Photo courtesy of Kate Kennedy
Native American Stereotypes Discussed
Kate Kennedy ’99 welcomed a representative of the Abbe Museum in Bar Harbor this week to speak to her U.S. History students about “Deconstructing Native American Stereotypes.”
Angelau Raup, manager of education and outreach at the museum, led a session that examined and explained common stereotypes about Native Americans that students may have encountered. The aim of the session was to move beyond those stereotypes.
Thank you, Angela, for sharing this important lesson about Native American stereotypes and the Wabanaki people, who have been here for thousands of generations. According to the Abbe Museum website, “Wabanaki” is a collective term, meaning “People of the Dawnland,” for the Maliseet, Micmac, Passamaquoddy, and Penobscot tribes. Learn more about the Abbe Museum online here: www.abbemuseum.org
When we encounter someone new in the world around us, we tend to categorize that person based on the characteristics we perceive. We may see this new person as similar or different to others we’ve already met, and we may make value judgments, too. We may put them in a group, or they may call themselves a member of that group. This natural tendency is an often necessary aspect of human learning.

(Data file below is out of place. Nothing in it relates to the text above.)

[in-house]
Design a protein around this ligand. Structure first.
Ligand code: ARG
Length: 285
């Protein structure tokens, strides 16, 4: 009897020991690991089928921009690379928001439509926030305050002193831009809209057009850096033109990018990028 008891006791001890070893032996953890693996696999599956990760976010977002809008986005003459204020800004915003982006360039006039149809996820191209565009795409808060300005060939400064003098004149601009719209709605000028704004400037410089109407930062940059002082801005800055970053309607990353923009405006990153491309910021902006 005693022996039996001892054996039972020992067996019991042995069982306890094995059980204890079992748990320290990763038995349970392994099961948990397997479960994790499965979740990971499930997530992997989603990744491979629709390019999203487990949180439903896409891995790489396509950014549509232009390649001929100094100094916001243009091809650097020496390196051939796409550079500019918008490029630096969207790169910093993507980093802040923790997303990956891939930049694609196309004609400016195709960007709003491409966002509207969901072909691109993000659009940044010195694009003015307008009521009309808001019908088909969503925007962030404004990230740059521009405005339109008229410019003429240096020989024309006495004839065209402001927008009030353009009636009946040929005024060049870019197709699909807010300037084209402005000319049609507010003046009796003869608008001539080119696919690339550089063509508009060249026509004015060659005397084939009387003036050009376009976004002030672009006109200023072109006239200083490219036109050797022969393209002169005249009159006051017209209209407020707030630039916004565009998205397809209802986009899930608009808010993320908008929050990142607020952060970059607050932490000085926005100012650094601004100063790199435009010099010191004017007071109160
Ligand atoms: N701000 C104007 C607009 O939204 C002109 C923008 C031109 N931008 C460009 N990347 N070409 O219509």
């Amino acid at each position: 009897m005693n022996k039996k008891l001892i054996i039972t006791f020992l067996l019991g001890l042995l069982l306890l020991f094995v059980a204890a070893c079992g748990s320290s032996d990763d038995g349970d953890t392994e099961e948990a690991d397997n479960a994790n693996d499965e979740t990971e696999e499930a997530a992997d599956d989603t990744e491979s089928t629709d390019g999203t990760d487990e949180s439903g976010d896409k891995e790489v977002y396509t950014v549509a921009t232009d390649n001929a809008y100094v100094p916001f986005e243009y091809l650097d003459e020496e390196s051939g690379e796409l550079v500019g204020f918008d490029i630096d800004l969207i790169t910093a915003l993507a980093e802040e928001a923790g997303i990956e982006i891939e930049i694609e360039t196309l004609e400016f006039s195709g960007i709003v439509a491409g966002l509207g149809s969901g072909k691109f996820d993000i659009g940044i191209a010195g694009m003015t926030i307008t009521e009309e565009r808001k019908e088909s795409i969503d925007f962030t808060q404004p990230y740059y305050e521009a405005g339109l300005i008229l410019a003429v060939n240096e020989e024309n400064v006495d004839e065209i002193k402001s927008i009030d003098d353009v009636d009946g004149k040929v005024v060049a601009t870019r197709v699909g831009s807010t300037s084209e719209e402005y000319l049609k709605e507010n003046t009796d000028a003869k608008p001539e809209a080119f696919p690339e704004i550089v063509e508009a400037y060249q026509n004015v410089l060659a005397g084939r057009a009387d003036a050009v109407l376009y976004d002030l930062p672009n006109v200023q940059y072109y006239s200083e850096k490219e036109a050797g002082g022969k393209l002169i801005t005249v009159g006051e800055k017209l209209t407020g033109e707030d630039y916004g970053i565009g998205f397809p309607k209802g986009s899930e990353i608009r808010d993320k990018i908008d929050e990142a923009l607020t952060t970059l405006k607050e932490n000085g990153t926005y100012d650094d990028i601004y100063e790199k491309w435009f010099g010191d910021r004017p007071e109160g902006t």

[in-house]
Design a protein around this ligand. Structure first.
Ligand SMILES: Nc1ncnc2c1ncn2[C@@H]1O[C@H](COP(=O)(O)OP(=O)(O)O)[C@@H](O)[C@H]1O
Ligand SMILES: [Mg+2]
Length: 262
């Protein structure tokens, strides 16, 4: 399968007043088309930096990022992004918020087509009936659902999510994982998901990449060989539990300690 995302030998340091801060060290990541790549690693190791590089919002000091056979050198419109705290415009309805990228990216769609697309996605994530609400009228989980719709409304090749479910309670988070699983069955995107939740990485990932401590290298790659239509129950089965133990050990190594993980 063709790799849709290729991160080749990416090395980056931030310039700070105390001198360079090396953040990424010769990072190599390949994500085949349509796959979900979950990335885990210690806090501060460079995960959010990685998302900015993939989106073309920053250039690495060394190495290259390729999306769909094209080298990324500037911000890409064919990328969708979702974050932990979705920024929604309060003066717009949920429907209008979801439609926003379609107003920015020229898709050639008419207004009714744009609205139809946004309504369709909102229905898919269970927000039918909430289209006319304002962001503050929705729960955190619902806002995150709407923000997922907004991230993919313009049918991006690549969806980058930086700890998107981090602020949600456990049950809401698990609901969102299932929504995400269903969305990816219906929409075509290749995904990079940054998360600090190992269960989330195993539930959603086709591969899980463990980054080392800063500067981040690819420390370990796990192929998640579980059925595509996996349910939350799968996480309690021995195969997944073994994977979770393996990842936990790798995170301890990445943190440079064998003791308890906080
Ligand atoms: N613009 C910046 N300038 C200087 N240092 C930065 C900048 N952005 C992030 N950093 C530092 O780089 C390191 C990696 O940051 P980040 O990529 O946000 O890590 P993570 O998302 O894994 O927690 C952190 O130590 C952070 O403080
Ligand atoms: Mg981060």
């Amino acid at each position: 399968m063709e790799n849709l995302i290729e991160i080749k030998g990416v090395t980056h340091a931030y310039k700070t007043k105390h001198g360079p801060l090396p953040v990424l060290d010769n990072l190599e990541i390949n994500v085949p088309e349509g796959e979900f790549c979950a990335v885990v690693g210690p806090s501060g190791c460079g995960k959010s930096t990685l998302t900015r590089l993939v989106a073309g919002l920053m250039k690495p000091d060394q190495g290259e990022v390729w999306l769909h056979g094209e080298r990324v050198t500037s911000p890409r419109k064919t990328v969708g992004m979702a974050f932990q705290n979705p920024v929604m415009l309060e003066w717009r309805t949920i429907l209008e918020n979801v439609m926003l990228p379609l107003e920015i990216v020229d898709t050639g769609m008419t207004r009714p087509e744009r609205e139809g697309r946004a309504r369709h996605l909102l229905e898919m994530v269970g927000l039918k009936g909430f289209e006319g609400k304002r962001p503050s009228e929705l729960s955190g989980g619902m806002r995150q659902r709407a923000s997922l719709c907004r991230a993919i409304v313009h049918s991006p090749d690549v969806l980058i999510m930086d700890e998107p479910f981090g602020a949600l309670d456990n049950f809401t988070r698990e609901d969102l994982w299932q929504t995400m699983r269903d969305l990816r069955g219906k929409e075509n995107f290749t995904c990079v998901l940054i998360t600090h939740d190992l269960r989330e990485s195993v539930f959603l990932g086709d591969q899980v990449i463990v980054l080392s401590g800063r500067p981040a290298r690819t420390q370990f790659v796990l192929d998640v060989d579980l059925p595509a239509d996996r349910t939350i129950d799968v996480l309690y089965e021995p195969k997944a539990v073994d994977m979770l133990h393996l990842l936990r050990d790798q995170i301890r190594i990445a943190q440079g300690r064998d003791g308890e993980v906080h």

It’s also natural for us to learn from each other, but that is best done through real, personal, meaningful interactions. When our understanding of any group is based on how its members are presented in popular culture, we may be “learning” from inaccurate, biased, stereotypical portrayals created for our entertainment, not to promote clear understanding.
And even if our understanding of a member of a group comes from a real, personal, meaningful interaction, we must be careful not assume that others in that group will share those same characteristics.